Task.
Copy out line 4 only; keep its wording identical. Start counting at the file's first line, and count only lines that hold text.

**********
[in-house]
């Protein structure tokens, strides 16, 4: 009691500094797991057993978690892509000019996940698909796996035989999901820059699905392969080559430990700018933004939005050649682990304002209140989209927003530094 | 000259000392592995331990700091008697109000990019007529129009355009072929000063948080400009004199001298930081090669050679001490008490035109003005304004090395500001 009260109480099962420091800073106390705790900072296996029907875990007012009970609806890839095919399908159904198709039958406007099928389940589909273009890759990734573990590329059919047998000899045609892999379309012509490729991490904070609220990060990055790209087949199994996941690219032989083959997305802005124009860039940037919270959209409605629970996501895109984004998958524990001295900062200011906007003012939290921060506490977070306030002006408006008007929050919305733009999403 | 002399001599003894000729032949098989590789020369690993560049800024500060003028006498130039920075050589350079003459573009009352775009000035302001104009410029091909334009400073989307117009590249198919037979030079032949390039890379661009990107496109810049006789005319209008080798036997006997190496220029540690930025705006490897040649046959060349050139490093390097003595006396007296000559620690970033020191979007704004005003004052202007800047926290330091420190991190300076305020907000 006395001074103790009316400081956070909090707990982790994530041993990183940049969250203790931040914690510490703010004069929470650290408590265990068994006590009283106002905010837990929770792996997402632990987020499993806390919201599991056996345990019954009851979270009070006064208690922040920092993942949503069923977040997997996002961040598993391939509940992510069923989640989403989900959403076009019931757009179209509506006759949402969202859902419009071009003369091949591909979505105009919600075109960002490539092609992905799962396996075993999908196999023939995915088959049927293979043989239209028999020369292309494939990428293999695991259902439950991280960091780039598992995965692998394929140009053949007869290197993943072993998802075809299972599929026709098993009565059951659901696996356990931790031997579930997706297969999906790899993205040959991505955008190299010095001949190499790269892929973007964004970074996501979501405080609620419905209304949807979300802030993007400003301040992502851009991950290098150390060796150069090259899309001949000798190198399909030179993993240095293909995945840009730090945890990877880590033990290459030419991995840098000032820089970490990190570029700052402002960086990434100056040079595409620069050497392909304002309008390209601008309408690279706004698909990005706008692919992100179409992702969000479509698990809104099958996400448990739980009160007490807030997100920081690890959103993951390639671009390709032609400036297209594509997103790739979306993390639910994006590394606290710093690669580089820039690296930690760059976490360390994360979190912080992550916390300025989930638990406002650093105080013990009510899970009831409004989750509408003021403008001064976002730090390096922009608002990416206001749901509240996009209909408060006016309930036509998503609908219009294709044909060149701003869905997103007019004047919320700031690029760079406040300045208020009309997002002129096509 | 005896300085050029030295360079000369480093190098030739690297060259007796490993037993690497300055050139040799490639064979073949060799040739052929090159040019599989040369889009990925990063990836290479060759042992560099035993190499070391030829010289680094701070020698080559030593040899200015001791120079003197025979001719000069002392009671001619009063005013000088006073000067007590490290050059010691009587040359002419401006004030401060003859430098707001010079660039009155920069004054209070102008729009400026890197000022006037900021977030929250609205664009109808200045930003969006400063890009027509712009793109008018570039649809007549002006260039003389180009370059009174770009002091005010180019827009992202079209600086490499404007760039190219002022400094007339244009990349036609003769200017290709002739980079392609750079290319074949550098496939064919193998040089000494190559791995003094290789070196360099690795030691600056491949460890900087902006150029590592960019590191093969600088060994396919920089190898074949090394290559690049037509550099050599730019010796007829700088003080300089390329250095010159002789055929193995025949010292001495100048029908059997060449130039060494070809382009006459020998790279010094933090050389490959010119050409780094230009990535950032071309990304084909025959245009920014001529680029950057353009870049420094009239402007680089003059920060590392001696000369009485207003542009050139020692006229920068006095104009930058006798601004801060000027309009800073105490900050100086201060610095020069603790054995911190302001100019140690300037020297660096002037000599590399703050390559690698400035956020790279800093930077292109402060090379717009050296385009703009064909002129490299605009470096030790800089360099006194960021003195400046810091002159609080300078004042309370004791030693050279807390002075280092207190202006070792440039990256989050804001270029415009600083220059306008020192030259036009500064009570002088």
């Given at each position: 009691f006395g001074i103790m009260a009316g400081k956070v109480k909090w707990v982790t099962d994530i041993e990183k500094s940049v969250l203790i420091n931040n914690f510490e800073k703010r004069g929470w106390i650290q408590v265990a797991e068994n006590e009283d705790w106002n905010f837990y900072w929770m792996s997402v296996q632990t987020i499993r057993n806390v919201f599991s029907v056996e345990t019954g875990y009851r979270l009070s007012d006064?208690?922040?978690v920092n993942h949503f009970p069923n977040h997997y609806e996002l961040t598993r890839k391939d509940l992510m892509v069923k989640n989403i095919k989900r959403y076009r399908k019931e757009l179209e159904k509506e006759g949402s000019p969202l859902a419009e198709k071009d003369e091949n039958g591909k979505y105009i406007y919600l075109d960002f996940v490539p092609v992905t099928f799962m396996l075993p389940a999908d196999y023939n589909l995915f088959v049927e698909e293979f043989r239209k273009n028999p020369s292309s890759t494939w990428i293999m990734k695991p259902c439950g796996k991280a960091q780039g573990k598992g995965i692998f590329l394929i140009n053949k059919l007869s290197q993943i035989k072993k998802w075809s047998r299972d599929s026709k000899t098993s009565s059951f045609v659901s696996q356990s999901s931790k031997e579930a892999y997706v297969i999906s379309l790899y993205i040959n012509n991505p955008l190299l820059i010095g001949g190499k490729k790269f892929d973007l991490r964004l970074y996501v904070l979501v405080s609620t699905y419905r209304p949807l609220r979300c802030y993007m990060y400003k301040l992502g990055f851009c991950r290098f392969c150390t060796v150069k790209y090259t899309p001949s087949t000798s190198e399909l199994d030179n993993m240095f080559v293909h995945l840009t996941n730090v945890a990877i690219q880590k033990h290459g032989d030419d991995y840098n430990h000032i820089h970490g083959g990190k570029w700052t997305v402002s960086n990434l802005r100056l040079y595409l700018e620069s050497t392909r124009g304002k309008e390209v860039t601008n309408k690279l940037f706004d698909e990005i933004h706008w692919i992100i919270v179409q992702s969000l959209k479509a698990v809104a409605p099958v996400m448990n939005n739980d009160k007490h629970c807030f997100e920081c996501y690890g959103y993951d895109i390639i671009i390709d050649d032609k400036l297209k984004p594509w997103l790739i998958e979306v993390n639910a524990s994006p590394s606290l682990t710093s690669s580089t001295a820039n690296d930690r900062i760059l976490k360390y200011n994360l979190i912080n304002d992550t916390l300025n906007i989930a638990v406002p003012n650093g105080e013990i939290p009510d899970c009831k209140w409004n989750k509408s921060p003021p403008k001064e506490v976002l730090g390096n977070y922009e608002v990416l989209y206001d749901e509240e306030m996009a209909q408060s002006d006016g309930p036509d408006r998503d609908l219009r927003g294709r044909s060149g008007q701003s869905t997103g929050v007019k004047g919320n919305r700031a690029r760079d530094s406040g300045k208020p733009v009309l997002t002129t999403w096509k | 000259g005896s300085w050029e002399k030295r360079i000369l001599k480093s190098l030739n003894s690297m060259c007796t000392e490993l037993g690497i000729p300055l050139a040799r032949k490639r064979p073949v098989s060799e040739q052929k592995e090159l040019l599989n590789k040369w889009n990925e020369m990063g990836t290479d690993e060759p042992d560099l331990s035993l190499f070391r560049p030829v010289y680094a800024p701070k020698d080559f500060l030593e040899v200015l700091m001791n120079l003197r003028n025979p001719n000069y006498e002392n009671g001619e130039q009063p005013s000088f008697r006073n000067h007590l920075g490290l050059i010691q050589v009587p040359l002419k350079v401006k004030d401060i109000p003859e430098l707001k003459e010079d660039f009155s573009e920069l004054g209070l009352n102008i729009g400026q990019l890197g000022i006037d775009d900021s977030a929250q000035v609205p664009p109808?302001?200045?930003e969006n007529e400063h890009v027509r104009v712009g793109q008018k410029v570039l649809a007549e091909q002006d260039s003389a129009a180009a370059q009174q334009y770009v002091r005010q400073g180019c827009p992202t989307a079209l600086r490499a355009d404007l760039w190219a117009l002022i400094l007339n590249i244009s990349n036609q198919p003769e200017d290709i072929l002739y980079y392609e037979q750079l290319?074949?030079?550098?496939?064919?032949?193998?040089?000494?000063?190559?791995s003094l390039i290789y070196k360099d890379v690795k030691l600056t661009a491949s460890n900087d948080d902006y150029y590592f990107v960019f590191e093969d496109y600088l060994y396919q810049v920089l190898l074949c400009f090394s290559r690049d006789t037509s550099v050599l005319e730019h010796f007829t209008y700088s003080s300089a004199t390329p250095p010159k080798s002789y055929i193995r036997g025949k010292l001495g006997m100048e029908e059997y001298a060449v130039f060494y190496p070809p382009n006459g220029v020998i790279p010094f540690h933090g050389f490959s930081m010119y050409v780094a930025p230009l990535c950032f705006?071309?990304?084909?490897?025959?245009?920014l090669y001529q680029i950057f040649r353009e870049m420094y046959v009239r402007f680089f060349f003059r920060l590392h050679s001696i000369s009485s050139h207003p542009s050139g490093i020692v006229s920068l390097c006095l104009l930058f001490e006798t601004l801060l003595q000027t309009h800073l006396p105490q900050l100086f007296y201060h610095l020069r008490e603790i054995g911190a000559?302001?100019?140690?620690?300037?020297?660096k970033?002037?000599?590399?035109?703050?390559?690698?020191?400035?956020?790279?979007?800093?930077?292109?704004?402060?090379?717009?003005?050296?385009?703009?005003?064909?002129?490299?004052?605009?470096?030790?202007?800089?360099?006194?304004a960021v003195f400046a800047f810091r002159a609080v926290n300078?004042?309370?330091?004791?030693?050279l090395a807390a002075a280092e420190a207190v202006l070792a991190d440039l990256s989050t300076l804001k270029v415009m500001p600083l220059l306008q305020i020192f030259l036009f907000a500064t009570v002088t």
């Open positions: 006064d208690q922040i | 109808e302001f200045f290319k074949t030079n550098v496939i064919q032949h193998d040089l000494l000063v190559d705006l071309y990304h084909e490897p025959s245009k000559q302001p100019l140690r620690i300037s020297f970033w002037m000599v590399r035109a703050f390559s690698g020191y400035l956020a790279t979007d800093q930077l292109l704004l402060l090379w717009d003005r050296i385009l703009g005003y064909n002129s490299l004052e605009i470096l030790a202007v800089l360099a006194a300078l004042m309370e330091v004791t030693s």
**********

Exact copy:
């Open positions: 006064d208690q922040i | 109808e302001f200045f290319k074949t030079n550098v496939i064919q032949h193998d040089l000494l000063v190559d705006l071309y990304h084909e490897p025959s245009k000559q302001p100019l140690r620690i300037s020297f970033w002037m000599v590399r035109a703050f390559s690698g020191y400035l956020a790279t979007d800093q930077l292109l704004l402060l090379w717009d003005r050296i385009l703009g005003y064909n002129s490299l004052e605009i470096l030790a202007v800089l360099a006194a300078l004042m309370e330091v004791t030693s």